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MADE IN AUS: 5 Aussie labels with ethics we love

posted by Karlicca Culalic January 18, 2018 0 comments

In 2018, our fashion faux pas go beyond our style choices. There is a much darker side beneath fashion’s sparkling façade, where labels mean luxury and more shoes equal more happiness (and it’s not blisters and bank accounts in anguish). It is discovering the fashion industry is the second most polluting industry in the world. Yikes. That’s why we LOVE uncovering labels with sustainable intentions, especially Australian ones. Here’s five that absolutely need to be on your radar…

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BE GREEN in February

posted by Teagan West January 29, 2015 0 comments

Can you believe it’s almost February already!? Oh how time flies when you’re having fun conquering your new year resolutions.

Traditionally, January is the it-time to concentrate on yourself, set new goals, enjoy “me” time and work to make your dreams come true. So now that it’s February and your January goals are a work in progress, what’s your new micro-mission? Ours is to have a “green February” (don’t panic, we’re not talking about kale and spinach infused juices)!

We’re making February a BE GREEN month in celebration of our fabulous planet. We’ll be living more sustainably next month, starting with a few earth-conscious changes in our daily routine. It doesn’t take much to work towards a more ecofriendly lifestyle that fosters moral and ethical consumption. We hear the karma is also good when you consider the longevity of the earth in your everyday tasks.

Here are our top tips on how to BE GREEN next month…

1. Use a glass water bottle instead of a disposable one. Eco-friendly Brisbane store Biome stocks Australia’s best (and most stylish) range of top quality, long lasting, leak-proof, BPA free water bottles that’ll have you saving money, reducing plastic waste and looking as stylish as ever. We love the Lifefactory glass water bottles.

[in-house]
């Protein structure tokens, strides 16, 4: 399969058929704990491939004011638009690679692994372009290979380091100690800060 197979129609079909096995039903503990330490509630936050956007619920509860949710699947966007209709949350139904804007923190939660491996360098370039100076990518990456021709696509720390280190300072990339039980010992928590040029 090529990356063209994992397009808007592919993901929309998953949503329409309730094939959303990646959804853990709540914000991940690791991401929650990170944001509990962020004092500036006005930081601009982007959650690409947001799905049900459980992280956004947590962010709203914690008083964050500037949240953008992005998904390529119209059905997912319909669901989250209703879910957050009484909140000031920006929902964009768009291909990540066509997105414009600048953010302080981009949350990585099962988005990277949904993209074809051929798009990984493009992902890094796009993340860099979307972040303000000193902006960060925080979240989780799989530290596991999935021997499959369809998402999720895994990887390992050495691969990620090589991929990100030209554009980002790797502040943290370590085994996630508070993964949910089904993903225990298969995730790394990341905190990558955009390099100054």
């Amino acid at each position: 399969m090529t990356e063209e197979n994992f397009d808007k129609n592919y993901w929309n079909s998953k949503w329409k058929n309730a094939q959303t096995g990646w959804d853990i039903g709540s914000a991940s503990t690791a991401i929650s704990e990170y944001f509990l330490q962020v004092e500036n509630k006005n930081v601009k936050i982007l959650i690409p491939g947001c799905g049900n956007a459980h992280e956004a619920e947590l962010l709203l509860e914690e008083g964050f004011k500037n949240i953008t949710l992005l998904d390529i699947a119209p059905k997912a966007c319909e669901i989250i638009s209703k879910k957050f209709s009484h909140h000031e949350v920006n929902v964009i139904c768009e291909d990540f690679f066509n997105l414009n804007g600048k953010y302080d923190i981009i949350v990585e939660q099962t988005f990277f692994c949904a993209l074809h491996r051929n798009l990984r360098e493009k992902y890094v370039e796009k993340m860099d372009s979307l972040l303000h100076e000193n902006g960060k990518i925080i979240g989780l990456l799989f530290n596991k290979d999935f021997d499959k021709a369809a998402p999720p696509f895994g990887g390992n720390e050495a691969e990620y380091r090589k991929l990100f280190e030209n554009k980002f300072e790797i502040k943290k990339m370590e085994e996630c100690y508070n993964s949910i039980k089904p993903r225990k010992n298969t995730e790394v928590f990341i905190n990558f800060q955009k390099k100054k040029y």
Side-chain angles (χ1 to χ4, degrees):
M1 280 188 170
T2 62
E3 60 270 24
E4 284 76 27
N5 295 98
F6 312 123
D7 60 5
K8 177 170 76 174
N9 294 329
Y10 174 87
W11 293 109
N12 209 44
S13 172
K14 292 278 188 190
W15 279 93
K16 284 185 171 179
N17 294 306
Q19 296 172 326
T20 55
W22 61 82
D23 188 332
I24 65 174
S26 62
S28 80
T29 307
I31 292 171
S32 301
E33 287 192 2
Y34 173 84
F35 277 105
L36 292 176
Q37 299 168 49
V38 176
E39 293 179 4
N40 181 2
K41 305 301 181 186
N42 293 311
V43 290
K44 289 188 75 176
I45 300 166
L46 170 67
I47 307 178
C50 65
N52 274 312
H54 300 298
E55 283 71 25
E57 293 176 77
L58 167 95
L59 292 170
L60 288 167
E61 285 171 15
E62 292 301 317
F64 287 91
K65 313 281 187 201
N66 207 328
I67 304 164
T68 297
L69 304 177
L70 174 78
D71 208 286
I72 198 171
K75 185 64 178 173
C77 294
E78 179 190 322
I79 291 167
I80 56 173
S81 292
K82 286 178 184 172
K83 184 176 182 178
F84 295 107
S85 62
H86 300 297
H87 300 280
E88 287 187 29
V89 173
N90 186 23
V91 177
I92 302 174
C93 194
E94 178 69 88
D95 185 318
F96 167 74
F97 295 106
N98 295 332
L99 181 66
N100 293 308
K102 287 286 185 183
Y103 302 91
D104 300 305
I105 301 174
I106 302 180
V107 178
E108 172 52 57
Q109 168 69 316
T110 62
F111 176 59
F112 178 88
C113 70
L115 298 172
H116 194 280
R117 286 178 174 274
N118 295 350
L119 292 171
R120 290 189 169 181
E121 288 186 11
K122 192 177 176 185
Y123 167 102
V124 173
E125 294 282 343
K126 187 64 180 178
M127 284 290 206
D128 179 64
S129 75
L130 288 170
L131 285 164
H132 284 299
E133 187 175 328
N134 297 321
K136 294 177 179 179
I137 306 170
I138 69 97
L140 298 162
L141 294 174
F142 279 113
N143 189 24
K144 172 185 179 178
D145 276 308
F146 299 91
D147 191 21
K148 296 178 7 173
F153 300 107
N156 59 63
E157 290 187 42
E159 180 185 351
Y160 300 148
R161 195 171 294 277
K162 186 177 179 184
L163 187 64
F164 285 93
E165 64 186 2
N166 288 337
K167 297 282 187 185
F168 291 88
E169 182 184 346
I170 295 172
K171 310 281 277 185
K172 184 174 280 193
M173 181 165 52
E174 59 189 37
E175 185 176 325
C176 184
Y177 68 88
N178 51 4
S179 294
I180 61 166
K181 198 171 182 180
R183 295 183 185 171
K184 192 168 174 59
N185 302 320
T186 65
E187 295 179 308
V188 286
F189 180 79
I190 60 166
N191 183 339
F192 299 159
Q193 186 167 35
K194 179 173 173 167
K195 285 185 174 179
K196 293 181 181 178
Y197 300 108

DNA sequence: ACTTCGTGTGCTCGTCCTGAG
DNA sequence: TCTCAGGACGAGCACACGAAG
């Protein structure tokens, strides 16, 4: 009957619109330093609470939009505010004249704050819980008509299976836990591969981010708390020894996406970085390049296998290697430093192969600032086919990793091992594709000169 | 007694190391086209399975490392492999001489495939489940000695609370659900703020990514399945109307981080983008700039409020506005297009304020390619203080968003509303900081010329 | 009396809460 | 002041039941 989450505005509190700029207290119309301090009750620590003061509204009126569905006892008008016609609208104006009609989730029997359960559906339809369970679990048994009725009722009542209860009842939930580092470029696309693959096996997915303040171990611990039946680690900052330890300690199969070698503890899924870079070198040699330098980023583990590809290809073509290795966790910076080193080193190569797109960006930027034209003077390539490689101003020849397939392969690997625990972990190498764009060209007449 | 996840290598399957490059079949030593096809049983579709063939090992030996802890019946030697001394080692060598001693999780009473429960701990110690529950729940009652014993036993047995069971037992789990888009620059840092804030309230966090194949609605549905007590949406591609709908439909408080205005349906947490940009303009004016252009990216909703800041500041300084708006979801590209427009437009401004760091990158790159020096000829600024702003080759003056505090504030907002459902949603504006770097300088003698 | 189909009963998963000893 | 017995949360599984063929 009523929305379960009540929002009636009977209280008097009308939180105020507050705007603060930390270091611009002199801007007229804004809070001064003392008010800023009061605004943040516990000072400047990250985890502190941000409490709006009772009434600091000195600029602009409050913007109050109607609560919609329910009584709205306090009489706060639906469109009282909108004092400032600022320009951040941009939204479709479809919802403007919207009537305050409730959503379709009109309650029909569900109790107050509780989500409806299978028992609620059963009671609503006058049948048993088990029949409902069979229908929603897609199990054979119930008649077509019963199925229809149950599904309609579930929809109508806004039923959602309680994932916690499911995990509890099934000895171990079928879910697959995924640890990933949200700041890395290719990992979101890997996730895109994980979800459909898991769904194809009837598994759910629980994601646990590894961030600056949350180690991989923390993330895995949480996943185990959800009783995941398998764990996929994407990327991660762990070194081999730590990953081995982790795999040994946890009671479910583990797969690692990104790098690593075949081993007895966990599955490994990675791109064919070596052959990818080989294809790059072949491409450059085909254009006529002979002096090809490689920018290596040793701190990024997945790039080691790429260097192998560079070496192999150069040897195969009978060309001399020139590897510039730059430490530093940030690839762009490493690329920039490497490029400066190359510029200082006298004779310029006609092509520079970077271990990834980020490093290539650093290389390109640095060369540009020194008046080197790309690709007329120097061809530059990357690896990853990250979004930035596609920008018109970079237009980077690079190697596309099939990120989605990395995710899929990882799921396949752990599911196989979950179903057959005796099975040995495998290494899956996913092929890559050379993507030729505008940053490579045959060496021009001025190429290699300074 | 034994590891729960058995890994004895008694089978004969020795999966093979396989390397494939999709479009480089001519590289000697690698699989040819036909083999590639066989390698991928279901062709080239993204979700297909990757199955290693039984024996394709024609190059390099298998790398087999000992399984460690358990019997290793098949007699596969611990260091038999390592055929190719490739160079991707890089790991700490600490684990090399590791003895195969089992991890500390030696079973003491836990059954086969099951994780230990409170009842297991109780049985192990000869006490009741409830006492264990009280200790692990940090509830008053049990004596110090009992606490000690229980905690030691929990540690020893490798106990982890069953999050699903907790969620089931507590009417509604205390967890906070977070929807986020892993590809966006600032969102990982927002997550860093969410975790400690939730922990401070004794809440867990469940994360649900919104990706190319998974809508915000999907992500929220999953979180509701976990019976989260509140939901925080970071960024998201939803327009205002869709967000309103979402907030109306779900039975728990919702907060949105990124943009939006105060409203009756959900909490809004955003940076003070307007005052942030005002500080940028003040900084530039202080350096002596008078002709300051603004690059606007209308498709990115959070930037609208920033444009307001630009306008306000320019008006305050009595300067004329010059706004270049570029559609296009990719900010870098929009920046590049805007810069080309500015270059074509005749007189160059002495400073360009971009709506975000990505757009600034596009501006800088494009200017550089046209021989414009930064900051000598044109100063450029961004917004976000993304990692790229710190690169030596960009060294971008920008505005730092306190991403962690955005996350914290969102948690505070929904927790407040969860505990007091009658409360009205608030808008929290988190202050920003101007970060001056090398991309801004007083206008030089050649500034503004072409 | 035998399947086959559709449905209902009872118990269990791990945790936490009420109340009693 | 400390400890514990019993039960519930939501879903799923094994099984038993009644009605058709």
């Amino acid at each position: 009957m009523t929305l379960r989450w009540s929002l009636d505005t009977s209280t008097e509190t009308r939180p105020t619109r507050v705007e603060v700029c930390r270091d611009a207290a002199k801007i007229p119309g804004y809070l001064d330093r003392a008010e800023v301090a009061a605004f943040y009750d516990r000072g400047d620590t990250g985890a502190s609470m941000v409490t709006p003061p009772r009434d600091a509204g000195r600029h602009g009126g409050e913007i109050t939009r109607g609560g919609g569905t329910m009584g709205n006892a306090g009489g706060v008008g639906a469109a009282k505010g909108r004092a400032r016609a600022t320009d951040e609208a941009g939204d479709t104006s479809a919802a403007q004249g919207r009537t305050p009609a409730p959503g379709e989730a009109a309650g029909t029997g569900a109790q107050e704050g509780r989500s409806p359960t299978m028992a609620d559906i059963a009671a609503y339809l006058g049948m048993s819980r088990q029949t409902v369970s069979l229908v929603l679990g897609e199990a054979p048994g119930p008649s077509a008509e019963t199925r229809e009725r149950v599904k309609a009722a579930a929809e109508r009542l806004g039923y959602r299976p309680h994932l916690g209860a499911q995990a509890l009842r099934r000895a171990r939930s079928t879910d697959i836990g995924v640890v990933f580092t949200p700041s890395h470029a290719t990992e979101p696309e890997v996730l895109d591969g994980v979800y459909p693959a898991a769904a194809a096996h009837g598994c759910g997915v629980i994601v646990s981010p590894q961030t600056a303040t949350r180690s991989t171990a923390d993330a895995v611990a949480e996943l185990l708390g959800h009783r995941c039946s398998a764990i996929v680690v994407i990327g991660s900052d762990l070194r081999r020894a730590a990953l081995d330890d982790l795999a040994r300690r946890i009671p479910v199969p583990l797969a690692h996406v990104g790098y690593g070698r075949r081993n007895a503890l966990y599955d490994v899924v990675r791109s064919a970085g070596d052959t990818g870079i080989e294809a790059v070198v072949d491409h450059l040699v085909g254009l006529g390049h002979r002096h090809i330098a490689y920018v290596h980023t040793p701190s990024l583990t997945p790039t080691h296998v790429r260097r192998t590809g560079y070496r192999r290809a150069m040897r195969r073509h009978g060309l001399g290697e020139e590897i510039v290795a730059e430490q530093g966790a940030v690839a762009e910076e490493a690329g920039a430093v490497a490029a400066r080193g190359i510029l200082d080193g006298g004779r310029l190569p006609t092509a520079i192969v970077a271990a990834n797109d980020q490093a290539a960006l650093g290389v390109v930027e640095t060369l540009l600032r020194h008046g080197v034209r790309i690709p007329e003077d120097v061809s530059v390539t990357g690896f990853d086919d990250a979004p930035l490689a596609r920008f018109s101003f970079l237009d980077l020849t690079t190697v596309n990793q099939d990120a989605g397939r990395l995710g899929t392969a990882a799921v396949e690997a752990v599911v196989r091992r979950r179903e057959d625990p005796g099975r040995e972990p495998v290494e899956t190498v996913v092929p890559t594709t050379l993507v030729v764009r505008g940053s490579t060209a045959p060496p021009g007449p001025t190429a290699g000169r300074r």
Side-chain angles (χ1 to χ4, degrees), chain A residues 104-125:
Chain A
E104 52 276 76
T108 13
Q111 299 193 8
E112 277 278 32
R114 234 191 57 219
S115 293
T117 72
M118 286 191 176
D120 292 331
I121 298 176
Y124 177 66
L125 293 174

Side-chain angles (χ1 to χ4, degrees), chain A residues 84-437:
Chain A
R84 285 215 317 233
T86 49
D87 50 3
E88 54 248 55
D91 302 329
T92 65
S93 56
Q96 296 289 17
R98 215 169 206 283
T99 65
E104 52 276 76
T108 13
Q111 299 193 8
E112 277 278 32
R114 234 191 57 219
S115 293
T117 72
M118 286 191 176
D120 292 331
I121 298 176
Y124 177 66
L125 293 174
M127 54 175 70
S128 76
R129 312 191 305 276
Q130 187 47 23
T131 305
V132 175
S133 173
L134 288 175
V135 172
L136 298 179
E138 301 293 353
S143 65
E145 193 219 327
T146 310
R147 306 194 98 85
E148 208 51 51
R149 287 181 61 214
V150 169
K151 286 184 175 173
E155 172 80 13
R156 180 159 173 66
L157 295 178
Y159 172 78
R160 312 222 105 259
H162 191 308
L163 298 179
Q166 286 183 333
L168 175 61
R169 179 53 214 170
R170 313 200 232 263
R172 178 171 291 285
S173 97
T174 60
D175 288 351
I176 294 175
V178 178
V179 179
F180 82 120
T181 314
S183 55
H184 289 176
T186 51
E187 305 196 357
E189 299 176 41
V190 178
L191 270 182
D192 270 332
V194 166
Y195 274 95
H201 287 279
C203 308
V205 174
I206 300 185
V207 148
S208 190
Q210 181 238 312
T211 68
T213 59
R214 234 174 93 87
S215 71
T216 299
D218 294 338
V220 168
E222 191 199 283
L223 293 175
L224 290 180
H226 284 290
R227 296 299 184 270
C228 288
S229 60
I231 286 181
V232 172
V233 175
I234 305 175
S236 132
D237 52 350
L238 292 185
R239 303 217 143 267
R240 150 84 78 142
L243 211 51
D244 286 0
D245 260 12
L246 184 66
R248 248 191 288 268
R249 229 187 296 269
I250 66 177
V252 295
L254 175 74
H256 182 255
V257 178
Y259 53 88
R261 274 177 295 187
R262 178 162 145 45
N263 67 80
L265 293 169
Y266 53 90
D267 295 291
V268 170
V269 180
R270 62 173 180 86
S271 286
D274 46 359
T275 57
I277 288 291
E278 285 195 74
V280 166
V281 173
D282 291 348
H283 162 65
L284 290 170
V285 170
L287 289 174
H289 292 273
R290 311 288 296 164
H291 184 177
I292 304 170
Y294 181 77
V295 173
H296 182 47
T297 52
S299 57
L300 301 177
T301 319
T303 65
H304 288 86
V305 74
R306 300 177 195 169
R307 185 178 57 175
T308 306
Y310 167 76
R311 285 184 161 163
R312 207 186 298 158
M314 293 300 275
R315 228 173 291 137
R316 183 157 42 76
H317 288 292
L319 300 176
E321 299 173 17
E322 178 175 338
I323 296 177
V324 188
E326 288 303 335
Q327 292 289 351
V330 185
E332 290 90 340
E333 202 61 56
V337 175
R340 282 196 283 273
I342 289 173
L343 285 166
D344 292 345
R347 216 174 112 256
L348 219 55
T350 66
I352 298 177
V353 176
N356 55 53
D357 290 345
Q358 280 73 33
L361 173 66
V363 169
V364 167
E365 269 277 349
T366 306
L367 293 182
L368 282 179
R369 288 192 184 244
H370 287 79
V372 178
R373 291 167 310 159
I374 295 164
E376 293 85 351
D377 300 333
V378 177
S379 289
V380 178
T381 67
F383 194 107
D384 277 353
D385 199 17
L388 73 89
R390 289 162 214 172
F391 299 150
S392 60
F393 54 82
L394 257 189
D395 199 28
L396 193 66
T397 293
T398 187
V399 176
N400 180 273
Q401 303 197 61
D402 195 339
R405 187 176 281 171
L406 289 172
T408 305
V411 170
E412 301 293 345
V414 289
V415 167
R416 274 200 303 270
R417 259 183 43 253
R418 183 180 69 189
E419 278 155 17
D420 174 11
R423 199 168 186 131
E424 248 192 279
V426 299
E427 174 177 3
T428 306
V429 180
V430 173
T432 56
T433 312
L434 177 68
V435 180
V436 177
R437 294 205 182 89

2. Instead of snapping up a fast fashion bargain this month, purchase an ecofriendly investment pieces from our fashionable favourites flying the eco-loving flag including AnnukkaHarriette Hill, Pure Pod, Sinerji and the sustainability stylish crusaders at Undress Runways.

3. If a stylish, comfortable, functional bra update is on your horizon you must check out Nico Underwear first! Nico is the first Australian underwear brand to be accredited by Ethical Clothing Australia for their use of sustainably sourced materials and onshore production. And the best part – price points are on par with mass-produced designer lingerie!


4. When your everyday cosmetics and toiletries run out, head to LUSH to replace them. Among many things, LUSH uses ethically sourced quality ingredients on their locally handmade products and they support grassroots charities, reduce landfill and are a key player in the fight against animal testing. AND, their complete range of products always attracts a crowd at the local shopping centre (they’re really that great).


5. BYO everything – whether it be an environmentally friendly shopping bag for your groceries, a travel mug for your morning coffee or a packed lunch full of fresh food and no waste.

6. Ditch the polish’s with nasty chemicals and get your nails in shape with Kester Black’s range of vegan nail polishes in bright colours.

7. Put down your car keys and get behind the wheel of a bike one day a week (or more for bonus karma and health points). 99 Bikes have you covered when it comes to swapping four wheels for two, especially if you’re choosing something from their Pedal range (our favourite is the Pedal Uptown). Check out our collaboration with 99 Bikes here.


8. Shop at your local farmers market when you can. Fresh fruit and veg direct from the producer is often cheaper, tastes better and ensures your produce stays fresh and crisp for longer. Plus, by shopping at a farmers market you’re supporting our local growers and their livelihood. Check out our post on Brisbane’s 17 best markets for some inspiration and direction.

9. Pick up and devour the current issue of Peppermint for all of your sustainability inspo – from DIY projects, slow fashion appreciation, discussions on social issues and informative features to the best in eco accessories, natural beauty, art, film, design, lifestyle and culture. It’s a fashion and lifestyle magazine that is green to it’s core – printed on an FSC-certified printing press, 100% carbon neutral and with editorial integrity, meaning they only support and advertise those whose values are in line with their own. The summer issue “You Are Enough” is out now!